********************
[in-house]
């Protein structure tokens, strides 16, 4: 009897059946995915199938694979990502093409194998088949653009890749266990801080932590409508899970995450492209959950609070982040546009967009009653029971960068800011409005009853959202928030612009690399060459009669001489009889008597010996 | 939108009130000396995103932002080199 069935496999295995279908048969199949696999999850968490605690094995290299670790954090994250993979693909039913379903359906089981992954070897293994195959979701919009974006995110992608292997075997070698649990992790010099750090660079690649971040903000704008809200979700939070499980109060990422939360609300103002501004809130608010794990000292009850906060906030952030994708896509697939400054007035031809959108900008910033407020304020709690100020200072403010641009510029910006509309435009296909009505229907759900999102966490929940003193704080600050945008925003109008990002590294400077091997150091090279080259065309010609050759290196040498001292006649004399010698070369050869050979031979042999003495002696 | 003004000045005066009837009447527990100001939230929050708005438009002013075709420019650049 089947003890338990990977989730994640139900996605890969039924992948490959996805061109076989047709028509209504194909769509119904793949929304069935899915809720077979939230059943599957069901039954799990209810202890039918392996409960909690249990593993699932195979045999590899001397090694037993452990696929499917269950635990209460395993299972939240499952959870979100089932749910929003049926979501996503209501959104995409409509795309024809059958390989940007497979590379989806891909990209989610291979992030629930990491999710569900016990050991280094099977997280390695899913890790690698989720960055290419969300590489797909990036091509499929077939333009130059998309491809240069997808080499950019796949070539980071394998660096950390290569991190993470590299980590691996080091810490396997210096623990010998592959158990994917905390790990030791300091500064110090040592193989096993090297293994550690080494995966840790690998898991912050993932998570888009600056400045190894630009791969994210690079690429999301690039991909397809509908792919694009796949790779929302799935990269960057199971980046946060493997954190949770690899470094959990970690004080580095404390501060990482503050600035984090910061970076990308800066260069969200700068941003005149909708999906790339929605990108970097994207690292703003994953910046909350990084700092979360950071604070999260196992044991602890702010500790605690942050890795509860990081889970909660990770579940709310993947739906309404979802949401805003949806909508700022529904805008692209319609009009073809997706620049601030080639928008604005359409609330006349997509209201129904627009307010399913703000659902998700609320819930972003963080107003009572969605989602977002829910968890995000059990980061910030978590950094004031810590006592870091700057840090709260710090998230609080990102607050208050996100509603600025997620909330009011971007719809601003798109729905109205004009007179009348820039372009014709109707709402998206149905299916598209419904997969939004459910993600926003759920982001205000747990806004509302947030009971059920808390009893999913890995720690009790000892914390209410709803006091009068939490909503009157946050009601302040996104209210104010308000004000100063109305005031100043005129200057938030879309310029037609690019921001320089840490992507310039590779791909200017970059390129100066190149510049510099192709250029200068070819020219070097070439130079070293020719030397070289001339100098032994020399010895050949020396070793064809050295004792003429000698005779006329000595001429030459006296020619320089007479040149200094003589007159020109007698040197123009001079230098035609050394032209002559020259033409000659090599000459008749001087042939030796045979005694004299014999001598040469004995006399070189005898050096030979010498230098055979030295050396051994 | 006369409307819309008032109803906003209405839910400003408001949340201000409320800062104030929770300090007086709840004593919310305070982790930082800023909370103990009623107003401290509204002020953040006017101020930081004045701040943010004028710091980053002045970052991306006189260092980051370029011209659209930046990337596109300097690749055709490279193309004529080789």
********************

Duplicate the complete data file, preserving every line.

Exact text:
[in-house]
């Protein structure tokens, strides 16, 4: 009897059946995915199938694979990502093409194998088949653009890749266990801080932590409508899970995450492209959950609070982040546009967009009653029971960068800011409005009853959202928030612009690399060459009669001489009889008597010996 | 939108009130000396995103932002080199 069935496999295995279908048969199949696999999850968490605690094995290299670790954090994250993979693909039913379903359906089981992954070897293994195959979701919009974006995110992608292997075997070698649990992790010099750090660079690649971040903000704008809200979700939070499980109060990422939360609300103002501004809130608010794990000292009850906060906030952030994708896509697939400054007035031809959108900008910033407020304020709690100020200072403010641009510029910006509309435009296909009505229907759900999102966490929940003193704080600050945008925003109008990002590294400077091997150091090279080259065309010609050759290196040498001292006649004399010698070369050869050979031979042999003495002696 | 003004000045005066009837009447527990100001939230929050708005438009002013075709420019650049 089947003890338990990977989730994640139900996605890969039924992948490959996805061109076989047709028509209504194909769509119904793949929304069935899915809720077979939230059943599957069901039954799990209810202890039918392996409960909690249990593993699932195979045999590899001397090694037993452990696929499917269950635990209460395993299972939240499952959870979100089932749910929003049926979501996503209501959104995409409509795309024809059958390989940007497979590379989806891909990209989610291979992030629930990491999710569900016990050991280094099977997280390695899913890790690698989720960055290419969300590489797909990036091509499929077939333009130059998309491809240069997808080499950019796949070539980071394998660096950390290569991190993470590299980590691996080091810490396997210096623990010998592959158990994917905390790990030791300091500064110090040592193989096993090297293994550690080494995966840790690998898991912050993932998570888009600056400045190894630009791969994210690079690429999301690039991909397809509908792919694009796949790779929302799935990269960057199971980046946060493997954190949770690899470094959990970690004080580095404390501060990482503050600035984090910061970076990308800066260069969200700068941003005149909708999906790339929605990108970097994207690292703003994953910046909350990084700092979360950071604070999260196992044991602890702010500790605690942050890795509860990081889970909660990770579940709310993947739906309404979802949401805003949806909508700022529904805008692209319609009009073809997706620049601030080639928008604005359409609330006349997509209201129904627009307010399913703000659902998700609320819930972003963080107003009572969605989602977002829910968890995000059990980061910030978590950094004031810590006592870091700057840090709260710090998230609080990102607050208050996100509603600025997620909330009011971007719809601003798109729905109205004009007179009348820039372009014709109707709402998206149905299916598209419904997969939004459910993600926003759920982001205000747990806004509302947030009971059920808390009893999913890995720690009790000892914390209410709803006091009068939490909503009157946050009601302040996104209210104010308000004000100063109305005031100043005129200057938030879309310029037609690019921001320089840490992507310039590779791909200017970059390129100066190149510049510099192709250029200068070819020219070097070439130079070293020719030397070289001339100098032994020399010895050949020396070793064809050295004792003429000698005779006329000595001429030459006296020619320089007479040149200094003589007159020109007698040197123009001079230098035609050394032209002559020259033409000659090599000459008749001087042939030796045979005694004299014999001598040469004995006399070189005898050096030979010498230098055979030295050396051994 | 006369409307819309008032109803906003209405839910400003408001949340201000409320800062104030929770300090007086709840004593919310305070982790930082800023909370103990009623107003401290509204002020953040006017101020930081004045701040943010004028710091980053002045970052991306006189260092980051370029011209659209930046990337596109300097690749055709490279193309004529080789």